BRIEF DESCRIPTION OF THE DRAWINGS FIG. 1 shows the game board, markers, and spinner, with the various spaces indicating sale days, commissions, and card selection;

FIG. 2 shows the directions indicated on various card stack selections;

FIG. 3 shows a rack and peg arrangement indicating management positions and holding store front or window dis- DESCRIPTION OF THE PREFERRED EMBODIMENT Before the start of the game, the players must read the rules. Each player then selects a token or board marker of a different color and a store window display card rack and peg, position marker with a matching colored peg. No money is issued but can only be earned during the game. One player is chosen in advance to handle all the game play money and another to deal window display cards. Any monetary penalties which cannot be paid before sufficient money is earned are held and deducted from future earnings. The players spin the spinner or throw dice to determine the order of play. The highest number starts first with the others following in a clockwise manner around the board.

At the start of play, two window display cards are dealt to each player as managers of number 3 stores, which is the lowest level position. As the game progresses and the players advance in position to managers of number 2 stores, they receive higher salaries, double commissions and four display cards. Number 1 store managers and above receive still higher salaries, as indicated later on the rack andpeg markers, triple commissions and six display cards. Certain penalties, however, are also doubled and tripled accordingly. The best window display card combination wins a cash award, which is paid before each players turn, in accordance with a table to be described in further detail later. The play money may take any suitable form.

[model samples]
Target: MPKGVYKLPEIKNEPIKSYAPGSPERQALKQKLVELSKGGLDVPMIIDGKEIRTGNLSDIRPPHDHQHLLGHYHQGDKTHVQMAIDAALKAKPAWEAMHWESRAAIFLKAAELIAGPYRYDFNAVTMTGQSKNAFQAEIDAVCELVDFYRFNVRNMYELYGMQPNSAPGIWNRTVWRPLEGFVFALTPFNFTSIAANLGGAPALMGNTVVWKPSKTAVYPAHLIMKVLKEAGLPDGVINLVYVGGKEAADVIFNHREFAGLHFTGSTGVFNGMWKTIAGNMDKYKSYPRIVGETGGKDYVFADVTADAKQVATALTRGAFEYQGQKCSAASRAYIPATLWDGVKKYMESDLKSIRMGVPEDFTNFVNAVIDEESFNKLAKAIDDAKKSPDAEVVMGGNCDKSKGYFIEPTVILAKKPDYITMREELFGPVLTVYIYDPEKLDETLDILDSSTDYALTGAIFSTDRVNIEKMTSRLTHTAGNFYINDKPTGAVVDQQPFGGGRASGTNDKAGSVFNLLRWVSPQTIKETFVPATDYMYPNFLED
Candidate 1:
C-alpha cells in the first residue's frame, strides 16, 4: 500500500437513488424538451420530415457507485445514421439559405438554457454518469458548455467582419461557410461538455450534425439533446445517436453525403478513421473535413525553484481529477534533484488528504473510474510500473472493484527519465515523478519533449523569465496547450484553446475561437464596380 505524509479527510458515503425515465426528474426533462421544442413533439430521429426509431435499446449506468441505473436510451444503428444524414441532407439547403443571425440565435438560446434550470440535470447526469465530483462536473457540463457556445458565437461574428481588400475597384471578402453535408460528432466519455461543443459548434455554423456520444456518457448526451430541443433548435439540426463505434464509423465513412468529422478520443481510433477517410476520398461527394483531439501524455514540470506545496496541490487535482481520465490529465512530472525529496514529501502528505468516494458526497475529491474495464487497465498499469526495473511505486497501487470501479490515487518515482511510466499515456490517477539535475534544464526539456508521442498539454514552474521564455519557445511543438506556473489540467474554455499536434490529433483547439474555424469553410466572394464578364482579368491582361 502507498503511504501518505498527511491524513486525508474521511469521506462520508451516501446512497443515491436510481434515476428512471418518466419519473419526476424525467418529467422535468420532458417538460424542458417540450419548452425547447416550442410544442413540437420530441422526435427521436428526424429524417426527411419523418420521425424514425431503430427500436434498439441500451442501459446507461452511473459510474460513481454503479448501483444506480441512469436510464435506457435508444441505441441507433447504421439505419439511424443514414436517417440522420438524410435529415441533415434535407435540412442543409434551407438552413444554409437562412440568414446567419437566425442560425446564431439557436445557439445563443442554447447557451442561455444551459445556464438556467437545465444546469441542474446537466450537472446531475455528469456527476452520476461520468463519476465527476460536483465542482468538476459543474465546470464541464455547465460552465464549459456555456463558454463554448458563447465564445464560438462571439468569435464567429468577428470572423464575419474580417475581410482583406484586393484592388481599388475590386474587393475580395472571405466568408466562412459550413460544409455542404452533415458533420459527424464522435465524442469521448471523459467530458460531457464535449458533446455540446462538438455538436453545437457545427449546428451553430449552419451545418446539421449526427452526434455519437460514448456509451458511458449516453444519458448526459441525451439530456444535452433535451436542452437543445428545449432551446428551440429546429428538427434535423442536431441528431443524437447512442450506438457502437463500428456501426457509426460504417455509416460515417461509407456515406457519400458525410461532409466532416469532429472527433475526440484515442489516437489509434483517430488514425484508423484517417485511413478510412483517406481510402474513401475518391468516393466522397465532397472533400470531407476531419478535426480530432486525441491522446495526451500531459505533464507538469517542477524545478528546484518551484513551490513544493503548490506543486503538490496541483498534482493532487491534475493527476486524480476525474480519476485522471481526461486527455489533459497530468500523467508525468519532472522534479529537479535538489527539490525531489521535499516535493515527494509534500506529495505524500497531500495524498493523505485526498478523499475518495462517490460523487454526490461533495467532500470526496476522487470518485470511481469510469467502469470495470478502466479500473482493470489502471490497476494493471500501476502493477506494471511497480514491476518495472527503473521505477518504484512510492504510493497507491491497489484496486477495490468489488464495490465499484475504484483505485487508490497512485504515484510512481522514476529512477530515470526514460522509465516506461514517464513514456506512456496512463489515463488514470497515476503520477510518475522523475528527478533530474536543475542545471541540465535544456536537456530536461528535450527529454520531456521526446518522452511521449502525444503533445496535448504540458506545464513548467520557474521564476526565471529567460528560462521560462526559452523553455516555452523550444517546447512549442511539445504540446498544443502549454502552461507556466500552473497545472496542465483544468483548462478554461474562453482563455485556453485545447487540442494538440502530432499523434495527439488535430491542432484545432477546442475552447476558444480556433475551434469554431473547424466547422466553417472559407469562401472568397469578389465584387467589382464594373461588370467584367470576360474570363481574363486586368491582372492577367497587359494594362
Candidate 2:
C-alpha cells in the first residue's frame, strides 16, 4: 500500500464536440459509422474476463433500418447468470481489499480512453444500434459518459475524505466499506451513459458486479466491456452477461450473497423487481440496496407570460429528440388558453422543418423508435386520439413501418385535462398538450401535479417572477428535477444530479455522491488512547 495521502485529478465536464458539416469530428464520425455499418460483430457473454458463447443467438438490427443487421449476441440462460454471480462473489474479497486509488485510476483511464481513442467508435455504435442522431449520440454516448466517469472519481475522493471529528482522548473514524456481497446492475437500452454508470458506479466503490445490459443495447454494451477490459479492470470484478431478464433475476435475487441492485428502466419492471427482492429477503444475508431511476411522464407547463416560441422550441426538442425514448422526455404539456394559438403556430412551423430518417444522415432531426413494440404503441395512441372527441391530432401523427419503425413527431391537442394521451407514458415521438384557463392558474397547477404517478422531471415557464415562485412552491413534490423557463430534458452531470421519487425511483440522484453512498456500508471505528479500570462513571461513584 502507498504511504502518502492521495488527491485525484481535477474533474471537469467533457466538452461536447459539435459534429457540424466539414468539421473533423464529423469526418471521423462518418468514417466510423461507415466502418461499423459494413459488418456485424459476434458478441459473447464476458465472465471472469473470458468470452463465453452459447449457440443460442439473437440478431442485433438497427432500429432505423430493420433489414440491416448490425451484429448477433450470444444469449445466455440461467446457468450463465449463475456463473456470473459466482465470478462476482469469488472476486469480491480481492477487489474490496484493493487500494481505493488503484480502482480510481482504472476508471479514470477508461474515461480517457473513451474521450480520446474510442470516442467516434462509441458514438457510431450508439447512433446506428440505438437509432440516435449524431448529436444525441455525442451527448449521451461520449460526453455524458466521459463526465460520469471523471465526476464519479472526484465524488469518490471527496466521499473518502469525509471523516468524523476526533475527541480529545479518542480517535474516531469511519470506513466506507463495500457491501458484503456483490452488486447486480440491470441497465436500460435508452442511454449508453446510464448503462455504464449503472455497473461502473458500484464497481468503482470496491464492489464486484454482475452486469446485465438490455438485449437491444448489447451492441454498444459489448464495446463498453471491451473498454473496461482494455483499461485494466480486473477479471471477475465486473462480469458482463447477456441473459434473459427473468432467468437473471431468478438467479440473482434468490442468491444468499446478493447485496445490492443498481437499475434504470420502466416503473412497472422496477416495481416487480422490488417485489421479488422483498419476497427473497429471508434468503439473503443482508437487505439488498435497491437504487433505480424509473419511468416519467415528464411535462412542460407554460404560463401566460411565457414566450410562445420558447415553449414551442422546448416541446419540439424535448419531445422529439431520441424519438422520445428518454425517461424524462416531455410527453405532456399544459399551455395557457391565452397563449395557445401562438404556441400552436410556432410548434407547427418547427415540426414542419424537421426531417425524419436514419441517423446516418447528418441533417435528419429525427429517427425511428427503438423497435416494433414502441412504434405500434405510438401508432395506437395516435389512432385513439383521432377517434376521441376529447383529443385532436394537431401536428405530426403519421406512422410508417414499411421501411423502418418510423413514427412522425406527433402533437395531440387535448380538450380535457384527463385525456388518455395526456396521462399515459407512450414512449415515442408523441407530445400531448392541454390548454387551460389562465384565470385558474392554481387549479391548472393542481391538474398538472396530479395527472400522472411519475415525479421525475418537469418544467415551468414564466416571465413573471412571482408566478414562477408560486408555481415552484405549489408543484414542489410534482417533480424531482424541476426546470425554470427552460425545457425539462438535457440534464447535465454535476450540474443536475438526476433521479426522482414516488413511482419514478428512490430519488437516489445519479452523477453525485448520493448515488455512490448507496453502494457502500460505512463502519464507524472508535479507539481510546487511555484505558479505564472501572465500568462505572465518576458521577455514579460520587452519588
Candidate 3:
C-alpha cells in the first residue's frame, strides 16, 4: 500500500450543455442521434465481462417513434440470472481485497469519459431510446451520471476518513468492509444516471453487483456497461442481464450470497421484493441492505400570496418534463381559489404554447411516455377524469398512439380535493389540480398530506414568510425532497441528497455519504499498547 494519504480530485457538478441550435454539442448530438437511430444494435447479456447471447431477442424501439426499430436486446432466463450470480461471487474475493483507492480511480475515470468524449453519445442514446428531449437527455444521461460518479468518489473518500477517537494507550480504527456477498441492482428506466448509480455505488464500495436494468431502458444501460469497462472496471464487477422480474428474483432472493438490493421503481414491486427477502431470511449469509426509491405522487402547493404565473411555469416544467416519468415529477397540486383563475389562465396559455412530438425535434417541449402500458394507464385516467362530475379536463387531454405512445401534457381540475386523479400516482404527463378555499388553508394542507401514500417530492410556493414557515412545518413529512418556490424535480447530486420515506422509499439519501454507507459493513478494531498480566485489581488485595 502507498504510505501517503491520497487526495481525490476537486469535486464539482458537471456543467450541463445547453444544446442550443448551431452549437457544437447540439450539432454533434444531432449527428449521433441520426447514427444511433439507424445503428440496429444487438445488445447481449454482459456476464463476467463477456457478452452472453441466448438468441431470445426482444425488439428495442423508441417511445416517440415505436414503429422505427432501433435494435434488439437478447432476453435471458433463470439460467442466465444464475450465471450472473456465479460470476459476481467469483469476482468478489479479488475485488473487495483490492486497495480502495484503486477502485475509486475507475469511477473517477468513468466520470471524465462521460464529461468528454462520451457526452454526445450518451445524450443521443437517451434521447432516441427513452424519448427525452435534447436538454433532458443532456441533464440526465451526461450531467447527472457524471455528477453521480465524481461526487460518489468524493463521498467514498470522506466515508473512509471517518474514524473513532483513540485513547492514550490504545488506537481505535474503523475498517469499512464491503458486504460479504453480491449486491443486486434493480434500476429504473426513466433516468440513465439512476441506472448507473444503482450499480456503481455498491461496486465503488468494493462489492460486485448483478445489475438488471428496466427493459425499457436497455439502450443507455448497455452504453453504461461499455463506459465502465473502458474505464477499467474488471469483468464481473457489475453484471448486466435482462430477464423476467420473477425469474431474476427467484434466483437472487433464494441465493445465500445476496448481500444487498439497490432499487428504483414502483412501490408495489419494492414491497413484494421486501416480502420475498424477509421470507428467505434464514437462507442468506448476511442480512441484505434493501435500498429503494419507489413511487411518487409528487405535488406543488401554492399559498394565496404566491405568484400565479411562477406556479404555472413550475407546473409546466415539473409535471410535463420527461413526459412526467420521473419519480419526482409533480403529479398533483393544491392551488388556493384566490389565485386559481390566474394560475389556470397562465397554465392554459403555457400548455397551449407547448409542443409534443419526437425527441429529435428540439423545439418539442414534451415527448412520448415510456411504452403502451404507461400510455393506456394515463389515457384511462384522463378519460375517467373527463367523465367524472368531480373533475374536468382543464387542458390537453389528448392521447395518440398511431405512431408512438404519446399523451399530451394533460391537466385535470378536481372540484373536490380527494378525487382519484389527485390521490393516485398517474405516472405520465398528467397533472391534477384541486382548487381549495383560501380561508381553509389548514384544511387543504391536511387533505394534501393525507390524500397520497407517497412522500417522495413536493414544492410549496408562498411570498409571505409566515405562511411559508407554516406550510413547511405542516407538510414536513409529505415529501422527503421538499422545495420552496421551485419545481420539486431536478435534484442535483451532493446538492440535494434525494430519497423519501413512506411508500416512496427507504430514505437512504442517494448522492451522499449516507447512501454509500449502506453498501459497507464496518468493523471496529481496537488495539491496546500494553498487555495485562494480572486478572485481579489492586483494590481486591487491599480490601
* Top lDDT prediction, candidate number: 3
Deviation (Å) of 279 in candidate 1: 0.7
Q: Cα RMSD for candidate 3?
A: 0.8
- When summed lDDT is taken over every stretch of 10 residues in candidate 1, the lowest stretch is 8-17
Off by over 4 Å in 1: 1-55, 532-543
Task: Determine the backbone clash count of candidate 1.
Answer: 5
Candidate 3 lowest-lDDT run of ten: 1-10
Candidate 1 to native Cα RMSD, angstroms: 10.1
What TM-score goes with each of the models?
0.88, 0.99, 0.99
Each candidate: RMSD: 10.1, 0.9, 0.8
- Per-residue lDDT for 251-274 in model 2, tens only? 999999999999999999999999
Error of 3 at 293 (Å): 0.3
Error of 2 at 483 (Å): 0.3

As shown in FIG. I, each player is represented by a colored marker or token 10 which is moved from the Start position 12 a number of spaces along the board in accordance with the numbers 1-12 indicated on spinner 14 as each player takes his turn. The first space 16 indicates a New Years Day sales promotion with an award of a $20 commission going to the player landing there. The commissions are doubled or tripled for managers of No. 2 and No. 1 stores and above, respectively, as previously noted. The next space 18 and similar spaces on each of the four sides of the board are colored blue. The player whose token lands on any one of these spaces is permitted to take a card from the stack 20 of 30 Supervisor cards marked with a blue S. The player must follow the directions on the card, such as indicated in FIG. 2. While certain cards are repeated in the same and other stacks, only one is shown. The cards provide various cash awards or penalties, management promotions or demotions designated by Up-A-Peg and Down-A-Peg, and other directions, some of which are held for a later time. The penalties indicated on the selected cards are also doubled and tripled for managers of No. 2 and No. 1 stores, as for the commissions. j